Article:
Goat's Rue or French Lilac (Galega
officinalis) is a flowering plant that has been used to treat diabetes
since the early 1900's.1,2 The active ingredient is known to be guanidine
and initially marketed under the trade name Synthalin.2,3,4,5 It was
guanidine from which the most widely used and cost-effective prescription
medication for the treatment of type 2 diabetes mellitus, metformin
(Glucophage), was derived.2
is well known that patients with type 2 diabetes mellitus (T2DM) are
characterized as having insulin resistance, a decrease in insulin mediated
glucose uptake by peripheral tissues and excessive basal rates of hepatic
gluconeogenesis.6 An impairment in peripheral glucose uptake and
suppression of gluconeogenesis both contribute to worsening postprandial
(post-meal) hyperglycemia, whereas excessive basal rates of hepatic
gluconeogenesis primarily contributes to the worsening of fasting glucose
levels. Since the guanidine found in Galega officinalis was
the precursor to metformin, guanidine may in part exert its glucose lowering
properties through an inhibition of the excessive basal rates of hepatic
gluconeogenesis.3,4,5,7 In addition, it is plausible, that guanidine
slows down this process by decreasing the ability of glucose 6-phosphate
generated from glycogen breakdown to be converted to glucose through an
inhibition of glucose 6-phosphatase and phosphoenolpyruvate carboxykinase as
seen with its derivative, metformin.4,5,8,9
guanidine compounds have been associated with significant toxicities limiting
their further use in clinical practice. The reported toxicities include
kidney and liver damage, hypotension, ataxia, and seizures.3,4,5,10
Unfortunately the limited science on guanidine in the early 1900's and its
toxicity profile preventing its further use did not allow for a clear
determination of reasons for the toxicities. However, many of these
toxicities can also be seen with lactic acidosis.10 In fact, very early
studies indicated increases in lactic acid production with guanidine.5
Interestingly, the derivatives of guanidine (metformin and phenformin) have
been shown to inhibit complex I of the mitochondrial electron transport chain,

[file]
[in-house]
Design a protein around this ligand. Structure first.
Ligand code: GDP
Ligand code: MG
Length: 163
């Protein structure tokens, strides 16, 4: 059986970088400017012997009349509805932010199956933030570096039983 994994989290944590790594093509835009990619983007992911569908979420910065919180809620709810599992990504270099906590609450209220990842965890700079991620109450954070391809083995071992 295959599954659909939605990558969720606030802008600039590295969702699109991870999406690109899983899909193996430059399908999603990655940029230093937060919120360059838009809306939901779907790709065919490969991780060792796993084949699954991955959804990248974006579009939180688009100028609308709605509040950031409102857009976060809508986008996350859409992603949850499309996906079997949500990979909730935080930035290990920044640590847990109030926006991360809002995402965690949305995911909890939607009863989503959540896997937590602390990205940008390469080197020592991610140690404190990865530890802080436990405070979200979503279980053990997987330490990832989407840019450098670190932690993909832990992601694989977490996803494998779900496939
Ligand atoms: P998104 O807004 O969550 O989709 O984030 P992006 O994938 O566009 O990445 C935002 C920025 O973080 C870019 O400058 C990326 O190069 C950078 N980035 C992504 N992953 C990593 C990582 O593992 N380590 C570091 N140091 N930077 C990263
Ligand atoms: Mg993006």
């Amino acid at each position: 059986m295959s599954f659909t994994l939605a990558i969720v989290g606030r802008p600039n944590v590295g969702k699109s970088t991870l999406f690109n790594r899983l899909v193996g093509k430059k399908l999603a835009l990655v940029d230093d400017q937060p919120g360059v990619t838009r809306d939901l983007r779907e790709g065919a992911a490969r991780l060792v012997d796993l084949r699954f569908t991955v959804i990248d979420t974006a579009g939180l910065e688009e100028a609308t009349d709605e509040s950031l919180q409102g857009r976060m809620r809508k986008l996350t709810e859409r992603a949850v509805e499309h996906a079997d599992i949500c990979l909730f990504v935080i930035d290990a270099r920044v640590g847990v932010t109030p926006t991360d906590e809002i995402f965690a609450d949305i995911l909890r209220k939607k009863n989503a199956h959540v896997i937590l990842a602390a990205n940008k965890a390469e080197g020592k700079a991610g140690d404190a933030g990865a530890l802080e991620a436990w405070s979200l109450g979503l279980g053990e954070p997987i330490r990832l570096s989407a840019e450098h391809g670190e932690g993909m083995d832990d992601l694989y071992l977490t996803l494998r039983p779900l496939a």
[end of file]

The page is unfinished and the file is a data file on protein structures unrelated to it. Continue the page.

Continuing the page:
thereby causing a back up in the TCA cycle (Kreb's Cycle) that forces the
pyruvate generated from glycolysis to accumulate and thus be converted to
lactate (lactic acid). This preferential conversion of pyruvate to lactic
acid is done to oxidize NADH back to NAD+ so that glycolysis can continue to
generate at least 2 ATP to be used for energy. Unfortunately, phenformin
is more likely to do this compared to metformin and was the reason it was
withdrawn from the U.S. and European markets.
is likely that guanidine containing supplements are likely to increase the risk
for lactic acidosis, as well as other toxicities not adequately characterized
given drug class' history. Clinicians should discourage the use of
guanidine containing herbal medicinals for the above reasons. If however,
the patient does take them, it may be prudent to monitor blood glucose levels,
chemistries for the presence of an anion gap or changes in renal function,
liver enzymes, and signs/symptoms of lactic acidosis.
- Yeh GY, Eisenberg DM, Kaptchuk TJ et al. Systematic review of herbs
and dietary supplements for glycemic control in diabetes. Diabetes Care
- Dey L, Attele AS, Yuan CS. Alternative therapies for type 2 diabetes. Altern Med Rev 2002;7:45-58.
GS. An investigation of the toxicity and hypoglycemic effect of
several guanidine compounds. J Pharmacol Exp Ther 1935;51:17-24.
- Blatherwick NR, Sahyun M, Hill E. Some
effects of synthalin on metabolism. J Biol Chem 1927;75:671-82.
- Bodo R, Marks HP. The relation of synthalin to carbohydrate metabolism. J Physiol. 1928;65:83-99.
L, Colette C, Owens DR. Type 2 diabetes: a well-characterised but
suboptimally controlled disease. Can we bridge the divide? Diabetes
K, Consoli A, DeFronzo RA. Metabolic effects of metformin on glucose
and lactate metabolism in noninsulin-dependent diabetes mellitus. J
Clin Endocrinol Metab 1996;81:4059-67.
G, Guignot L, Bordet JC et al. Intrahepatic mechanisms underlying the
effect of metformin in decreasing basal glucose production in rats fed a
high fat diet. Diabetes 2002;51:139-43.
RJ, Lamia KA, Vasquez D et al. The kinase LKB1 mediates glucose
homeostasis in liver and therapeutics effects of metformin. Science
- Kwong SC, Brubacher J. Phenformin and lactic acidosis: a case report and review. J Emerg Med 1998;16:881-6.
A, Nugent K, Kalakunja A et al. Severe acidosis in a patient with type
2 diabetes mellitus, hypertension and renal failure. CHEST
D, Schmulling RM, Eggstein M. Lactic acidosis in biguanide-treated
diabetics: a review of 330 cases. Diabetologia 1978;14:75-87.